July 1, 2004
YOU MIGHT NOT BE FAMILIAR WITH A BAND CALLED New Earth Mud, but if you've paid attention to the rock `n' roll scene for the last 15 years or so, you've probably heard New Earth Mud's lead singer, Chris Robinson -- he was also lead singer for the very successful band the Black Crowes, a neo-southern rock outfit founded in Georgia by Chris and his guitarist brother Rich back in 1984.
Twenty years after bands like the Stones appropriated rootsy southern blues and soul and sold it to a new white audience, the Crowes came along, essentially offering a re-Americanized version of the sort of music British blues musicians favored, with Chris Robinson in something like a Rod Stewart role. The Crowes scored a hit in 1990 with a cover of Otis Redding's classic "Hard to Handle" and went on to reach multi-platinum heights in a series of albums throughout the '90s. The Brit/Southern merger was cemented in 2000 with the Crowes collaborating with Led Zeppelin guitarist Jimmy Page on the double-disc Live at the Greek, mixing Zeppelin covers with classic blues.
The following year's "Tour of Brotherly Love" with Oasis was the last time Chris played with the Crowes; he split from the band for a solo project titled New Earth Mud, thus the name of the new band, Chris Robinson and New Earth Mud.
This week they released a new album, The Magnificent Distance, so they're hitting the road in support, including two nights at the High Sierra Festival this weekend, then a Fourth of July show at the far more intimate Mazzotti's, on the Arcata Plaza.
In 2000, Robinson married actress Kate Hudson, just after she played a "band aide" in love with a rock star in Almost Famous. I don't imagine she'll be along on tour, however; she'll probably be at home with 6-month-old Ryder Russell Robinson, their first child.
There's actually music all day on the plaza, along with booths selling this and that, and perhaps more stars and stripes than you might want to see. Multi-instrumentalist and certified genius David Isley starts things off at 10:30 a.m. SoHum's freedom-loving Non Prophets rock at 11:50, then it's Bias, whom I erroneously described as a blues band more than once -- they are a funky rock band. (Bias also plays Friday, July 2, at Mazzotti's.) Eureka old timey band Slackjaw takes the stage at 2:30 p.m. (Catch them at Old Town Coffee during Arts Alive! Saturday.) Then it's the Karen Dumont Electric Blues Band at 3:50 followed by more blues, etc., from Deltron 9 at 5:10 p.m.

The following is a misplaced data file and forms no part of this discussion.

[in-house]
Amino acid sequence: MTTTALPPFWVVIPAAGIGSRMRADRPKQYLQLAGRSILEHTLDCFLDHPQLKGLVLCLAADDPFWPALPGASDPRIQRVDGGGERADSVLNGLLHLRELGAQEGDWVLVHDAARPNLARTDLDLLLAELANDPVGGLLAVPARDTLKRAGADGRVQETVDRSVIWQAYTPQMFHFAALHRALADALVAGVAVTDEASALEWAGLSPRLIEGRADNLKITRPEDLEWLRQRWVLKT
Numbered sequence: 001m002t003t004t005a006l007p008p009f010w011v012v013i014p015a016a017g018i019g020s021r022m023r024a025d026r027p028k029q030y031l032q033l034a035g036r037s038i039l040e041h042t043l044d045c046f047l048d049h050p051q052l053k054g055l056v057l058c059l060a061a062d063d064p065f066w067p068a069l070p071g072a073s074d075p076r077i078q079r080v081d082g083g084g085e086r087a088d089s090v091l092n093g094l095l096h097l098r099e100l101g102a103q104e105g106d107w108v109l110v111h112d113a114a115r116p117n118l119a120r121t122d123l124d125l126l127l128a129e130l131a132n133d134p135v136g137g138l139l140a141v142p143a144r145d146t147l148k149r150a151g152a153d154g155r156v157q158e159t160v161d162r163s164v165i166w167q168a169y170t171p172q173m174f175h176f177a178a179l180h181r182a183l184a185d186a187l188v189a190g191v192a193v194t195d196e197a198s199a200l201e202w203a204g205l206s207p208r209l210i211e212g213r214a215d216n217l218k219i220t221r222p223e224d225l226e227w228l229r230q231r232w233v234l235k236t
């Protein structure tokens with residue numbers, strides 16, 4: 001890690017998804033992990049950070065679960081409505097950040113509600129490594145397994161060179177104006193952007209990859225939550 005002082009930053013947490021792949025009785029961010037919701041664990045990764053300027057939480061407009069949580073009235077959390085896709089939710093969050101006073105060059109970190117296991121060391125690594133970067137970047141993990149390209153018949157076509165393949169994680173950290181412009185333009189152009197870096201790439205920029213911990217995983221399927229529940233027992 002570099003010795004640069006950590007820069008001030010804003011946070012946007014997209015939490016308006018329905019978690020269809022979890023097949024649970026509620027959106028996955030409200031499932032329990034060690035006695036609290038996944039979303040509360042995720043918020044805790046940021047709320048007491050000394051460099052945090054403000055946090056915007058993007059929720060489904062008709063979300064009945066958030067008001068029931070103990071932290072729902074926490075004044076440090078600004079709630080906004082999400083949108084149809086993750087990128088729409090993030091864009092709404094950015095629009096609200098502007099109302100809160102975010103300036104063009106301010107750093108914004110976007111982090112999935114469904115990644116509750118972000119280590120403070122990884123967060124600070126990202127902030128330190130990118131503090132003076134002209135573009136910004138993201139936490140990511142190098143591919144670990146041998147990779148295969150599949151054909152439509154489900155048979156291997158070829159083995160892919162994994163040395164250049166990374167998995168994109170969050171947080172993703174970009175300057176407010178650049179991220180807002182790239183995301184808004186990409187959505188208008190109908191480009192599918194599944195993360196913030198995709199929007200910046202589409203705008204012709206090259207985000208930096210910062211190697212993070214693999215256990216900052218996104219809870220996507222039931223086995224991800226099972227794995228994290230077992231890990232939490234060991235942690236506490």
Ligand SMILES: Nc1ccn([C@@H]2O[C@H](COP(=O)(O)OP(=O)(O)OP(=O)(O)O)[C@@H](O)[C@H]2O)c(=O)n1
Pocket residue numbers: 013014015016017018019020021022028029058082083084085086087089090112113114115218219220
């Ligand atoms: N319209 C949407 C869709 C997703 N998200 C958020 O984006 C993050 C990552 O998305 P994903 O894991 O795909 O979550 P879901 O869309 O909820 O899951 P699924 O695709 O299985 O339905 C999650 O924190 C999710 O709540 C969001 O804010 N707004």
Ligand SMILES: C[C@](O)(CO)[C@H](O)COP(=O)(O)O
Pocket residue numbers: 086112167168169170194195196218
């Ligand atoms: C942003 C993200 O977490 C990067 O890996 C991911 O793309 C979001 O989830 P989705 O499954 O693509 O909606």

Eureka typically has an even bigger Fourth of July celebration; unfortunately, all I know about who's playing is what I learned from Humboldtmusic.com: Vintage Soul (now featuring vocalists Tiffany Toste and Melody Thrash) kick things off with some vintage soul (of course) on the Gazebo stage at 10 a.m. (They also play Saturday night at the Blue Lake Casino.) And the Clint Warner Band plays blues at 1 p.m. on one of the Old Town stages. (They usually have three.) Clint and company have a busy weekend: They're at the Blue Lake Casino Friday night and at Sal's Myrtlewood Lounge Saturday.
Blue Lake's country punks the Rubberneckers celebrate the release of a new album Thursday, July 1, at the Alibi. I'd tell you more about it but they did not give me a copy. Opening the show: Que La Chinga, who already have their album in the Alibi jukebox.